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The Mythologies of Contextualism: Method and Judgment in Skinner's Visions of Politics


  • The author would like to thank the journal's anonymous reviewers for their helpful comments. Special thanks also go to Lucas Swaine, Russell Muirhead, Jim Murphy, Steven Smith, Ian Shapiro, Bryan Garsten, Casiano Hacker-Cordon, Vickie Sullivan, Melvin Rogers, Damayanti Desai and Christopher Given for reading and commenting on earlier drafts of this article.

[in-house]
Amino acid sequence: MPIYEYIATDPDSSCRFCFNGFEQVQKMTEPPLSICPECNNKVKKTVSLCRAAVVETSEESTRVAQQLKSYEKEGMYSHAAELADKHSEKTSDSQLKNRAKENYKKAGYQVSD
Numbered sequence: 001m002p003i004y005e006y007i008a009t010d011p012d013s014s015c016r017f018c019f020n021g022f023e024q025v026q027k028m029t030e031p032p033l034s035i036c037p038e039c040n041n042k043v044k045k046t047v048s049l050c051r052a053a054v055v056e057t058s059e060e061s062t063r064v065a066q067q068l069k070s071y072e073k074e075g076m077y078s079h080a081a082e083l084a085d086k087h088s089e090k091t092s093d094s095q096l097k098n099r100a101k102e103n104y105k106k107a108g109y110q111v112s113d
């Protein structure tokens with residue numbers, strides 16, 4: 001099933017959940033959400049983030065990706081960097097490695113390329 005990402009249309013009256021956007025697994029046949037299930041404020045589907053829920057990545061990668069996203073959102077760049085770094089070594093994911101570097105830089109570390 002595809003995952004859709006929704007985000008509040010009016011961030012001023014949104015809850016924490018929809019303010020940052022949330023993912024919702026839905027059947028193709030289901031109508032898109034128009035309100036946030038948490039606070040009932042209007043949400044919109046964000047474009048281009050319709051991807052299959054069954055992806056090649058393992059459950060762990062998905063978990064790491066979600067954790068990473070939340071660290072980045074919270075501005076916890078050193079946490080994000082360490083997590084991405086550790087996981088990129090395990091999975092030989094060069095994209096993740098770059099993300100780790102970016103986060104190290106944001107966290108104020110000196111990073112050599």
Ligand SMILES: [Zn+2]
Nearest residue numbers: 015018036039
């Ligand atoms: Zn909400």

This article argues that Skinnerian contextualism is an unsuccessful attempt to develop a truly methodical approach to textual interpretation. According to Skinner, the various ‘mythologies’ that he associates with textualism are due to its misplaced confidence in the faculty of judgment. Whereas textualists believe that an interpreter's own judgment is his or her most useful tool in attempting to understand a text, contextualism proceeds from the assumption that we cannot help but make faulty judgments when confronted with historical materials given the nature of human cognition. Having dissociated itself from textualism on these grounds, contextualism attempts to repair the defects of textualism by minimizing the role of judgment in interpretive practice. As this article will show, these efforts have been fruitless. Moreover, Skinner's attempt to reinforce contextualism by importing claims about the strategic motives behind philosophical argumentation is either incoherent or unconvincing.